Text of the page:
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Tesla targets mass market to reignite growth

More affordable ‘Model’ 2 firms as Tesla misses 2023 forecasts and sales growth slows

29 Jan 2024

DESPITE the triumph of its Model Y medium SUV being Europe's – and likely the world’s – best-selling car last year, Tesla has represented something of a shareholder bloodbath in recent weeks.


This was topped by a substantial stock price plunge when a less-than-positive picture emerged from Tesla’s quarterly earnings report last week, with word of Cybertruck production eventually ramping up to 250,000 units per year and the addition of a new-generation, more affordable passenger model doing little to encourage Wall Street.


A year of cutting prices to fend off pressure from increasing competition combined with punishing inflation and interest rate rises in major markets eroding affordability for consumers resulted in Tesla missing its financial forecast and admitting that its rate of growth will slow in 2024.


Not even Tesla CEO Elon Musk’s hyperbole about the brand’s new entry-level model – unofficially dubbed Model 2 – that is scheduled to enter production in the second half of 2025 could provide a parachute for a stock price that has now declined for six consecutive weeks and is now trading at lows not seen since last April.


Still, Tesla’s $US574 billion ($A873.5b) valuation far outstrips that of the world’s biggest by volume, Toyota, which has a market capitalisation of $US318.4b and is estimated to have sold 11 million cars in 2023 (Tesla says it delivered 1.8 million vehicles last year).


Mr Musk described Tesla as “between two major growth waves” and that there was “a lot to look forward to in 2024”.


“We're very far along on our next-generation low-cost vehicle,” he added.


“This is really going to be profound, not just in the design of the vehicle itself, but in the design of the manufacturing system … far more advanced than any other automotive manufacturing system in the world by a significant margin.”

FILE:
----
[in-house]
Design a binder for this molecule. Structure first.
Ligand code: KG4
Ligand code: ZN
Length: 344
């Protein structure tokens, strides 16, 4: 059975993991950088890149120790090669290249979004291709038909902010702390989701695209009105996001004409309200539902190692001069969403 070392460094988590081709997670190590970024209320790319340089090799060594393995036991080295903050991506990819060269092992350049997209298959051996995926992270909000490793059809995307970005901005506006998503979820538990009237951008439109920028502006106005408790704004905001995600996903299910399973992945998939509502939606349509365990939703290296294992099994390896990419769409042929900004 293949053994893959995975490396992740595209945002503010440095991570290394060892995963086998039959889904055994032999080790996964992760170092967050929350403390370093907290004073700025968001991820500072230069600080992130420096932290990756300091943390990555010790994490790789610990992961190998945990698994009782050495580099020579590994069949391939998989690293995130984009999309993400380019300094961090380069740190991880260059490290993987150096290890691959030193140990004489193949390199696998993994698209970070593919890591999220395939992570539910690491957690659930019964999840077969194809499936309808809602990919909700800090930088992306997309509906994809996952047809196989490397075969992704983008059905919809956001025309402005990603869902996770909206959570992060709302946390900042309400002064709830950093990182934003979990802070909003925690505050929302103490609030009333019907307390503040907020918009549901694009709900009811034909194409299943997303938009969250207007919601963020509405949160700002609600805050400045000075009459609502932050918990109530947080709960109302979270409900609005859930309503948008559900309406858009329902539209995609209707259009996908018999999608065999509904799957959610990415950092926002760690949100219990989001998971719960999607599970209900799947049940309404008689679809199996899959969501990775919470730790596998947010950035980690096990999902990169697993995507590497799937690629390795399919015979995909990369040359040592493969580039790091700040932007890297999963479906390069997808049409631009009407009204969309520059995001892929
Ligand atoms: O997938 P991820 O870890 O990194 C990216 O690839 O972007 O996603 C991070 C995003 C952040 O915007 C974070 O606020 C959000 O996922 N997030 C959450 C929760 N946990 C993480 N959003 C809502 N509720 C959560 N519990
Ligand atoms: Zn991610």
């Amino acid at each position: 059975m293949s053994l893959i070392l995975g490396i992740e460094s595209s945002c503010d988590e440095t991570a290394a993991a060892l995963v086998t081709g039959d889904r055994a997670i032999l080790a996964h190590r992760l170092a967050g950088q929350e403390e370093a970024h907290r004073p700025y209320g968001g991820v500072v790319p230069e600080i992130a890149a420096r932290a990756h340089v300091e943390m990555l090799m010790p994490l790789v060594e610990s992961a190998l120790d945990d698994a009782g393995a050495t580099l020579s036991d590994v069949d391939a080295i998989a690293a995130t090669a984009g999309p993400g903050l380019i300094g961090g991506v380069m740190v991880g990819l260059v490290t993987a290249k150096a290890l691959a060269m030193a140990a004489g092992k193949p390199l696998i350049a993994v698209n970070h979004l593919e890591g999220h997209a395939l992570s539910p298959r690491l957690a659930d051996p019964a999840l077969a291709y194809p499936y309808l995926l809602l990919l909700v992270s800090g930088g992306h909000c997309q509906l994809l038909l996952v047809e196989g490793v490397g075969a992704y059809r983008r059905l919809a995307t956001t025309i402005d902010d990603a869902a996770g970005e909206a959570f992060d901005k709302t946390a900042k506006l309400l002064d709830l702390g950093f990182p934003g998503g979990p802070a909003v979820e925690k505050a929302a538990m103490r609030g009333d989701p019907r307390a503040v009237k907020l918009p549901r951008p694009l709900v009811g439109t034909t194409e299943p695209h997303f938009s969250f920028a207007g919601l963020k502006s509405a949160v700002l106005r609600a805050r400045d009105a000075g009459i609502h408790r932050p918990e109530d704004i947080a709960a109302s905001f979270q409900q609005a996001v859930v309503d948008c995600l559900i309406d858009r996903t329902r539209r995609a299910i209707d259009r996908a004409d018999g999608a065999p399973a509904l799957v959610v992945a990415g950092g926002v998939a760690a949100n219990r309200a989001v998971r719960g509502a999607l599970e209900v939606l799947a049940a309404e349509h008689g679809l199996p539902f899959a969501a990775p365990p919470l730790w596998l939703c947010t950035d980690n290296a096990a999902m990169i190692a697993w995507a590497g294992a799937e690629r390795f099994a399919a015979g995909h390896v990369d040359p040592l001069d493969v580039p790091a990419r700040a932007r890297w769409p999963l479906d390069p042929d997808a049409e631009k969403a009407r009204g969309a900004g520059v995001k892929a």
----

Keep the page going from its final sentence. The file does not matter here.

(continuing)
Unusually, Tesla also declined to forecast specific targets for 2024, possibly due to sales volume growth of 38 per cent – still a staggering achievement by most car-maker standards – missing the 50 per cent guidance offered by company executives in the past.


This, against the price cuts eating into profit margins, resulted in a $US25.2 billion ($A38.33b) figure for the fourth quarter of 2023, translating into earnings of $US0.71 per share – a couple of cents lower than expectations.


However, Tesla’s energy storage business installed 14.7GWh of capacity in 2023, up 125 per cent.


Preliminary analysis by automotive data firm Jato Dynamics has named the Model Y the world’s best-selling car, a statistic also shared in the Tesla quarterly report, which said 1.23 million units had been delivered last year.


Were Jato’s estimate that 1.07 million Toyota RAV4s were sold in 2023 to prove accurate, the Model Y will become the first battery electric model to be named Earth’s most-popular car.


In Europe it is not only the first battery electric vehicle and the largest car to top the continent’s sales charts but also the first from a non-European brand to do so in decades.


Tesla’s ‘Model 2’ could replicate that feat in a market skewed toward smaller vehicles but Mr Musk said it would first go into production at the Austin plant in Texas.


Mr Musk and other executives on the earnings call said ‘Model 2’ production would be perfected at Austin before other plants came online, with work on the planned Mexican plant to only commence once Tesla was satisfied with the new production method.


“We want to first demonstrate success with the next-generation platform in Austin before we start construction,” said an unnamed executive on the earnings call.


“Therefore, we have started the long-lead work to get the basics ready and plan to follow our recipe from the 3Y ramp with Shanghai, where we started with learnings from Fremont and ramped really quickly.”


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